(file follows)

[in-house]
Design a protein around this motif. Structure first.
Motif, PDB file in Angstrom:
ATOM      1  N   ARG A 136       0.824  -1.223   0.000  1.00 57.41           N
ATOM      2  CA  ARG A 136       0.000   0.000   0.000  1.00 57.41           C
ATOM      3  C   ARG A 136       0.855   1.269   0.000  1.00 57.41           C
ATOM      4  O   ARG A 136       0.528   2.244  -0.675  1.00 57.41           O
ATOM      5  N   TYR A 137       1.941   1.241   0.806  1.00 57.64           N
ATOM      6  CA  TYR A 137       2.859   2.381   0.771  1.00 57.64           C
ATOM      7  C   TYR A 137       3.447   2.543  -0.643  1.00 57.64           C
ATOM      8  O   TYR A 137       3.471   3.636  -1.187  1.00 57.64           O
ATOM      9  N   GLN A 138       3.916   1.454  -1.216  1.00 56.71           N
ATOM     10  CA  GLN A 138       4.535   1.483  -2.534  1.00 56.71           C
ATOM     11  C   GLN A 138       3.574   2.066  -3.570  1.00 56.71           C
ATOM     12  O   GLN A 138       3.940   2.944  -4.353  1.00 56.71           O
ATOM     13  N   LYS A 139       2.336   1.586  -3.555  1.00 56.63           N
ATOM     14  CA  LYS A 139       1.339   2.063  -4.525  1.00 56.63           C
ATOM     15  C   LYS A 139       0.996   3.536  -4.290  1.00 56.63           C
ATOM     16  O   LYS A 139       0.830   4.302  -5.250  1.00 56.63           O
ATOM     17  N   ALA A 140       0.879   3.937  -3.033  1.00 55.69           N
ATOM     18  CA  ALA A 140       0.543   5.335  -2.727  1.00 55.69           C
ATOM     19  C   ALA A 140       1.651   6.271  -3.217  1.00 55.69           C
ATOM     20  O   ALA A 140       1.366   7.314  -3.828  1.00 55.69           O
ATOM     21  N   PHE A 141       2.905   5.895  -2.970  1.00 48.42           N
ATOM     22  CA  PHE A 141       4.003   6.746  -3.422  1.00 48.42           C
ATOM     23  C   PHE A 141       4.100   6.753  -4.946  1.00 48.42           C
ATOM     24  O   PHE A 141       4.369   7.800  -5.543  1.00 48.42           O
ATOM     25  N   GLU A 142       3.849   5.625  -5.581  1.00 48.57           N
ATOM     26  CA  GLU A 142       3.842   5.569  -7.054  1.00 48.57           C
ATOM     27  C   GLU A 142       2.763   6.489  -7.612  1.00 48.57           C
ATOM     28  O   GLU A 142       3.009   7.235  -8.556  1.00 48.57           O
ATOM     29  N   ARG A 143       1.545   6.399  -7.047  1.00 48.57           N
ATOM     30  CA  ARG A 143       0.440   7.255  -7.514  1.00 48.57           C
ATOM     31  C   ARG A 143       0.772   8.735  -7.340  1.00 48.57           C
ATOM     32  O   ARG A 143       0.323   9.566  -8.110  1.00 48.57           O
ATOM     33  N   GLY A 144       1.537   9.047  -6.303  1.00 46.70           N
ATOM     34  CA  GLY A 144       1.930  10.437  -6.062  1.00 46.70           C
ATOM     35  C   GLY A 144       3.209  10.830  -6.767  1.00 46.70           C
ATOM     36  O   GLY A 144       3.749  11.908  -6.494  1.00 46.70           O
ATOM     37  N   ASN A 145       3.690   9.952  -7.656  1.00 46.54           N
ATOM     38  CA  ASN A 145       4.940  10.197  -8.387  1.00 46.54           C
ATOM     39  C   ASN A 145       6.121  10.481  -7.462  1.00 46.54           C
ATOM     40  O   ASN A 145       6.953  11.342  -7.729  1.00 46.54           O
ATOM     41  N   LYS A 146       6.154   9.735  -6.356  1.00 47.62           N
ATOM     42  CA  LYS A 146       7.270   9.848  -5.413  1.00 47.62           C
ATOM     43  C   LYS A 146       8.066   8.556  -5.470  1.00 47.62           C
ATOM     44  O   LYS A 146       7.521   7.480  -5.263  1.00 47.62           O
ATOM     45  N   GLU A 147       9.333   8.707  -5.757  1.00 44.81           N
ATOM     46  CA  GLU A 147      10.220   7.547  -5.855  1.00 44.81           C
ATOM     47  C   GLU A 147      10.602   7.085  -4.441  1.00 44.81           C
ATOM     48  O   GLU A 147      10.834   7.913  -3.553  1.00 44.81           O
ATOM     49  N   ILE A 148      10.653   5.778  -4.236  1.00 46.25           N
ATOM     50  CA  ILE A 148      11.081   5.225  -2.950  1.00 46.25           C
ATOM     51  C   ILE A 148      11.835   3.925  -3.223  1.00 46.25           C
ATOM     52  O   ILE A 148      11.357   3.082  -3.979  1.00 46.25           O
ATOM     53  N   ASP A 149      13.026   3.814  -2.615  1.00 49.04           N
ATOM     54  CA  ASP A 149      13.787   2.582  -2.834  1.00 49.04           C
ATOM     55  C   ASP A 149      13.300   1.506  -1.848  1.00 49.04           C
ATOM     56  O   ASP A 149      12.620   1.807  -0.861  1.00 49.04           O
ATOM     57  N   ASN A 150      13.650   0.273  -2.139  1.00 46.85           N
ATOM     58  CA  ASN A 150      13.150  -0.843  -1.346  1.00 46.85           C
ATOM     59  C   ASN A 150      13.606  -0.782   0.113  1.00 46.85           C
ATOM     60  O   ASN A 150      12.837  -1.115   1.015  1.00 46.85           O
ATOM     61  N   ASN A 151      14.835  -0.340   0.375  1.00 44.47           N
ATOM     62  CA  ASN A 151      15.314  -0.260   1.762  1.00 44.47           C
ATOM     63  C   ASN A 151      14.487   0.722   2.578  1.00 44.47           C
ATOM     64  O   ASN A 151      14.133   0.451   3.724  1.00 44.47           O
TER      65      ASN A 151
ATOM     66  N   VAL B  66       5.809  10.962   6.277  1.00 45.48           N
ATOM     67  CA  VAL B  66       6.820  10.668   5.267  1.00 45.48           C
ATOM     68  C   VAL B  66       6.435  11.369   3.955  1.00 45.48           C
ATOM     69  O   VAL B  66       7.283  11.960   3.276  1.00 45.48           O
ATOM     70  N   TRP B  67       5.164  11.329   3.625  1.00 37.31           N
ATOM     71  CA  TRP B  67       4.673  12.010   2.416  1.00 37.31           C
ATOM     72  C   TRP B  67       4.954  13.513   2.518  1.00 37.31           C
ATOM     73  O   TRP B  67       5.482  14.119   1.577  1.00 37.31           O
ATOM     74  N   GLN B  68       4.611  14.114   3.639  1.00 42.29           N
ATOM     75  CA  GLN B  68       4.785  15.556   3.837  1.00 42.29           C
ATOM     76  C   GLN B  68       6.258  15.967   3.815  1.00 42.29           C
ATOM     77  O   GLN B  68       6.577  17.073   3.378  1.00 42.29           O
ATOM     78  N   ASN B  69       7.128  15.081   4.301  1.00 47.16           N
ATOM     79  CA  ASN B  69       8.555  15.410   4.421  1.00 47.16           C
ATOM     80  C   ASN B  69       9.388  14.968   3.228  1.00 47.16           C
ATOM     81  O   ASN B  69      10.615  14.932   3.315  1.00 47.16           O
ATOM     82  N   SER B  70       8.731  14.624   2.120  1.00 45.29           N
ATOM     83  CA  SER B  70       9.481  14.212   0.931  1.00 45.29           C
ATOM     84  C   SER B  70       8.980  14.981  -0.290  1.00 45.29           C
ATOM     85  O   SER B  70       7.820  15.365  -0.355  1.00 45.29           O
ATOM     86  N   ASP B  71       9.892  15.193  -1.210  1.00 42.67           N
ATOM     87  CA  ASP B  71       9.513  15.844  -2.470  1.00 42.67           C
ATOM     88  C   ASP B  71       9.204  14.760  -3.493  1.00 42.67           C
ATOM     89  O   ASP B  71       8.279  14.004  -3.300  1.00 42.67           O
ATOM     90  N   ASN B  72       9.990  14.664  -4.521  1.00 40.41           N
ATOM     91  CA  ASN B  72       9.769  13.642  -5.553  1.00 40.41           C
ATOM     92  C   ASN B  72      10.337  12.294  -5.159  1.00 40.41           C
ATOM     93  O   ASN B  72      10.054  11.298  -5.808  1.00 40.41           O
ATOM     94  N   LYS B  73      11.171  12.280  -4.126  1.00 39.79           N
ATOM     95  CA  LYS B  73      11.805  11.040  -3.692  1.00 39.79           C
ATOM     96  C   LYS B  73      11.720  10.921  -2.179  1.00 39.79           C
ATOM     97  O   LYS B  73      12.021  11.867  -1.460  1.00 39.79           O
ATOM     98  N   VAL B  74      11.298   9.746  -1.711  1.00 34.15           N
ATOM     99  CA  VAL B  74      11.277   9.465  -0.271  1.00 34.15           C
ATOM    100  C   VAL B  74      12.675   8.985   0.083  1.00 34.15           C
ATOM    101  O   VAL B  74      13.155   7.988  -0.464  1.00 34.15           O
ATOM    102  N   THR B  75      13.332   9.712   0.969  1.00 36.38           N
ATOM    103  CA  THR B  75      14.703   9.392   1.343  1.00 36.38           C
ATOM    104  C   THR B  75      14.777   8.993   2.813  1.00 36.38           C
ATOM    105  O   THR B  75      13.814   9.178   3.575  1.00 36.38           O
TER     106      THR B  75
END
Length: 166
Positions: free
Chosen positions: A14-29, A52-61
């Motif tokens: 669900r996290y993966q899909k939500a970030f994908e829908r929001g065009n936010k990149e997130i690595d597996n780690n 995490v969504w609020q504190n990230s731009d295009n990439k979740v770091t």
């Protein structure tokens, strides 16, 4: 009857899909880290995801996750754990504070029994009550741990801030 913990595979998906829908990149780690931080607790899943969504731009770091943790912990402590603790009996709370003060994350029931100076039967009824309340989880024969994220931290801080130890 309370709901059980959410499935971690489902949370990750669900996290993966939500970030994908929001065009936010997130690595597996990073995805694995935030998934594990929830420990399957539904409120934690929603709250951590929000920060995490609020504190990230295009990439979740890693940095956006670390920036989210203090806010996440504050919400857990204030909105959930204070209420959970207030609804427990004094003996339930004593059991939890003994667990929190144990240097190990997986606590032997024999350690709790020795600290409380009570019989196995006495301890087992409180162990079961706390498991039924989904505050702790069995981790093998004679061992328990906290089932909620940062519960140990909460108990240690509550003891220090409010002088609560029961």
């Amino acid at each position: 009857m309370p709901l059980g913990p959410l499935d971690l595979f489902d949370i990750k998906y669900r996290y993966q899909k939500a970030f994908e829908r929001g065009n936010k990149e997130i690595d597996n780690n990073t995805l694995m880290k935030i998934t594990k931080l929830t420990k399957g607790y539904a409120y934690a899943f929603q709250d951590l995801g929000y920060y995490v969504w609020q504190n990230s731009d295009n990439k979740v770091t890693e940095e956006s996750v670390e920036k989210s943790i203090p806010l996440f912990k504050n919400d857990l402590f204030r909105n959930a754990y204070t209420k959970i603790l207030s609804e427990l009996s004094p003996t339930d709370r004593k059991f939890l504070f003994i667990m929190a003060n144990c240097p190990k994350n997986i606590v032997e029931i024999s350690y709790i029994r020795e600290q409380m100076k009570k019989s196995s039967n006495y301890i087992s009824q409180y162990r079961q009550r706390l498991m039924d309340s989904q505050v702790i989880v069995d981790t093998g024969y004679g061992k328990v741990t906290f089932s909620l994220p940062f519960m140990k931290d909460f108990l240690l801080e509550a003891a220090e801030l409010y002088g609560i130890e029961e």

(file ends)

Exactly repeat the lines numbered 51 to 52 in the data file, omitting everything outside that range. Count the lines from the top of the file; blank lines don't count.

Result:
ATOM     48  O   GLU A 147      10.834   7.913  -3.553  1.00 44.81           O
ATOM     49  N   ILE A 148      10.653   5.778  -4.236  1.00 46.25           N